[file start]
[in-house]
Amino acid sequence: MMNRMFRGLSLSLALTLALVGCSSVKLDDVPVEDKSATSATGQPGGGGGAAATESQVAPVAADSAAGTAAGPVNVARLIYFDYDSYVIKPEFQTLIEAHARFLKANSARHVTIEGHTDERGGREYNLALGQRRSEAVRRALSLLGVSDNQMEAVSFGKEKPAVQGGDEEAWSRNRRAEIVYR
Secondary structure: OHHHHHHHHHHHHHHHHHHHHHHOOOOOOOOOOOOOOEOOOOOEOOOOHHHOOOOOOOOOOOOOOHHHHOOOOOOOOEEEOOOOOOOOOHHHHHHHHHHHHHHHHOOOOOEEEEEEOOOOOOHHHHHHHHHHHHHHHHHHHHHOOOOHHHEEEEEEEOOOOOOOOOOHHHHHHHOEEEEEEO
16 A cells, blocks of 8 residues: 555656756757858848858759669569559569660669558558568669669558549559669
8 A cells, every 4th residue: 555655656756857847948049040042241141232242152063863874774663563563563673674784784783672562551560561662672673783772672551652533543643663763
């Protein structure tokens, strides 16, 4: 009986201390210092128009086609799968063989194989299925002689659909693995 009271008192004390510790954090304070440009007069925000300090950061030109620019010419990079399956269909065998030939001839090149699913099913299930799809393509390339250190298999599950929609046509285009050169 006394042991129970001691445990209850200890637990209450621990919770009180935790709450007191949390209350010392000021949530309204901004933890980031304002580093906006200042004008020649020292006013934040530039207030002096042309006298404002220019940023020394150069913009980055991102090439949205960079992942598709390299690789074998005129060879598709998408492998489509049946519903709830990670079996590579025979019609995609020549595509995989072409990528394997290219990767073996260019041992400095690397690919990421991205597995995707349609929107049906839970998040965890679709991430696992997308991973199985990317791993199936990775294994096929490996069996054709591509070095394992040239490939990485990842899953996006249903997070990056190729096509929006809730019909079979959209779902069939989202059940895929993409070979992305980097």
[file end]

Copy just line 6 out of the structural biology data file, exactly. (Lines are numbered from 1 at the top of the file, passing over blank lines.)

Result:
């Protein structure tokens, strides 16, 4: 009986201390210092128009086609799968063989194989299925002689659909693995 009271008192004390510790954090304070440009007069925000300090950061030109620019010419990079399956269909065998030939001839090149699913099913299930799809393509390339250190298999599950929609046509285009050169 006394042991129970001691445990209850200890637990209450621990919770009180935790709450007191949390209350010392000021949530309204901004933890980031304002580093906006200042004008020649020292006013934040530039207030002096042309006298404002220019940023020394150069913009980055991102090439949205960079992942598709390299690789074998005129060879598709998408492998489509049946519903709830990670079996590579025979019609995609020549595509995989072409990528394997290219990767073996260019041992400095690397690919990421991205597995995707349609929107049906839970998040965890679709991430696992997308991973199985990317791993199936990775294994096929490996069996054709591509070095394992040239490939990485990842899953996006249903997070990056190729096509929006809730019909079979959209779902069939989202059940895929993409070979992305980097």